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No Government Shutdown Likely; Here's What's In The Spending Bill

The Capitol dome and Christmas tree illuminated, as Congress worked on a $1.1 trillion spending bill to avoid a government shutdown.
J. Scott Applewhite

House Speaker Paul Ryan reached a deal late Tuesday on two major pieces of legislation: a $1.1 trillion spending package and a $629 billion package of tax breaks.

The $1.1 trillion spending bill includes $548 billion in defense spending, $518 billion in non-defense spending, and $73.7 billion in additional funds for the Pentagon for ongoing combat operations.

The package is made up of the 12 annual spending bills, which have been bundled into one "omnibus" spending deal that provides funding for the next fiscal year, through Sept. 30, 2016.

Democrats had the upper hand in spending talks because their votes will supply the bulk of support to pass it. They successfully swatted down Republican efforts to effectively block Syrian refugees from entering the U.S., defund Planned Parenthood, undo President Obama's environmental regulations and repeal a campaign finance law.

The spending package includes two notable "riders" or unrelated policy provisions tucked into the must-pass bill.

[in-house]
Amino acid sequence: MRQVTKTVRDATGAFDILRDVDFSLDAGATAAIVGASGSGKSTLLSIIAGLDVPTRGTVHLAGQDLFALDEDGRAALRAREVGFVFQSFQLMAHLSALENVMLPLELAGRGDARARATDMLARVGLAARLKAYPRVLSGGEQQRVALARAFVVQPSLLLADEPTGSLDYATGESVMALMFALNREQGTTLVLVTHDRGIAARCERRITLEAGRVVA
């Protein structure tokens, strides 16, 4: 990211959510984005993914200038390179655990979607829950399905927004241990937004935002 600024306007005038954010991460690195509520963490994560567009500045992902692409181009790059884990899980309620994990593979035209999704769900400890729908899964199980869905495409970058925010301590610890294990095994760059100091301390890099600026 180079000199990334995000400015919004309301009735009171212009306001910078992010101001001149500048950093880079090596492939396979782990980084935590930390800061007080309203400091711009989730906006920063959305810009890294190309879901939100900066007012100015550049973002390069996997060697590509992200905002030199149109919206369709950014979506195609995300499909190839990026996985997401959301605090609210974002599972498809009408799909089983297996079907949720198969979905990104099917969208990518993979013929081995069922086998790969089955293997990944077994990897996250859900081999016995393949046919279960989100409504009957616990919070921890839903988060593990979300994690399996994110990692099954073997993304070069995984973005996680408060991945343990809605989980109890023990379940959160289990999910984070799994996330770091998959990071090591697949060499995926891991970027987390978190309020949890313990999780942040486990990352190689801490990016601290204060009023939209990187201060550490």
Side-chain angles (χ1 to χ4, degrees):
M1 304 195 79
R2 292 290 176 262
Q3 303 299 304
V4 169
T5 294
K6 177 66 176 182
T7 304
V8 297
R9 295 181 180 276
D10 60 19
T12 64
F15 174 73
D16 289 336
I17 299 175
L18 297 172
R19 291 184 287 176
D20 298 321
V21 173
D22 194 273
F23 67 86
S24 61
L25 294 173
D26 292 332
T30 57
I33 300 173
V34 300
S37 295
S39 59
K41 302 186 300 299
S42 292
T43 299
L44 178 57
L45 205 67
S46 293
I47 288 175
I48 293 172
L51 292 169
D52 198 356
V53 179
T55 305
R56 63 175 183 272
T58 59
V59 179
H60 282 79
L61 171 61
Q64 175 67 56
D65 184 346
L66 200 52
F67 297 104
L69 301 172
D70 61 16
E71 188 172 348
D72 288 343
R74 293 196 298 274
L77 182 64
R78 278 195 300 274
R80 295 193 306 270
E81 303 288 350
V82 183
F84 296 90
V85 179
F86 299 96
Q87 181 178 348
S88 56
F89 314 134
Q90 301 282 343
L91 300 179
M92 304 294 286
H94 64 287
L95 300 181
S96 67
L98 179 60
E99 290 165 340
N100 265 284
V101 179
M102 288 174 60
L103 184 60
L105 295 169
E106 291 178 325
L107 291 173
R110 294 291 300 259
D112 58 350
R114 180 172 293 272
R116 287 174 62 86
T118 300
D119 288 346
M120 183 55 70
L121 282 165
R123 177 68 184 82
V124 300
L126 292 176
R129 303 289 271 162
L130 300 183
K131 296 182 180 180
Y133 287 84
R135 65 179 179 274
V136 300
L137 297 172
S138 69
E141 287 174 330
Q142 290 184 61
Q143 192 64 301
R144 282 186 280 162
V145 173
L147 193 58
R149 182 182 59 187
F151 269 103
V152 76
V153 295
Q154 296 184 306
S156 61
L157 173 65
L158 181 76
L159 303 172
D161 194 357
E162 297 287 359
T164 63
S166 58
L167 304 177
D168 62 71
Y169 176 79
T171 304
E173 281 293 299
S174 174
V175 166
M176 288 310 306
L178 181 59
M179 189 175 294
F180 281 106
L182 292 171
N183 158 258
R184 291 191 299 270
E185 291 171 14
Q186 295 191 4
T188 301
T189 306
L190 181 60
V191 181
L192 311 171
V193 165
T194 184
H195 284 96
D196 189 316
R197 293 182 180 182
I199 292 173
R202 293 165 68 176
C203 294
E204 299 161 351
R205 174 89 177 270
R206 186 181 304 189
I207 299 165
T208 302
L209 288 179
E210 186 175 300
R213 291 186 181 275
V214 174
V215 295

The first overhauls the visa-waiver program, which allows foreign travelers from 38 nations to make short trips to the U.S. without a visa. The provision includes an added layer of security screening for those travelers if they have recently visited Iraq, Syria or other nations with significant terrorist activity. A stand-alone bill on the same provision passed the House with overwhelming bipartisan support last week.

The second provision ends the 40-year ban on exporting U.S. oil. The provision is a victory for Republicans, although many Democrats from oil-friendly states, like North Dakota Sen. Heidi Heitkamp, cheered its inclusion in the spending package.

Republicans rallied in support of the tax side of the deal. The package makes permanent many popular business tax breaks and delays new taxes on medical devices and high-end health insurance plans that are supposed to help pay for the Affordable Care Act. Many Democrats, particularly in the House, are expected to oppose the tax package, which will, in turn, rely on GOP votes for passage.

The House is scheduled to vote on the measures separately. The tax package will get a vote Thursday, while the spending package will get a vote Friday. The Senate is expected to then bundle the two packages together for a final vote before sending it to President Obama for his signature.

Here are some additional highlights from the spending bill:

-- A year delay on new menu labeling regulations for grocery stores and food retailers to give them more time to comply with new federal standards.

-- $282 million in additional funds for the Census Bureau to prepare for the 2020 census.

-- Extends the existing prohibition on the transfer or release of Guantanamo detainees into the U.S.

-- A 1 percent military pay raise and $300 million to address a military housing allowance shortfall.

-- $111 billion for new military equipment, including 68 F-35 Joint-Strike Fighters, 102 Black Hawk helicopters, 64 remanufactured Apache helicopters, 3 littoral combat ships, 2 attack submarines, 2 DDG-51 guided missile destroyers, 7 EA-18G Growlers, 5 F-18E/F Super Hornets and 12 KC-46 tankers.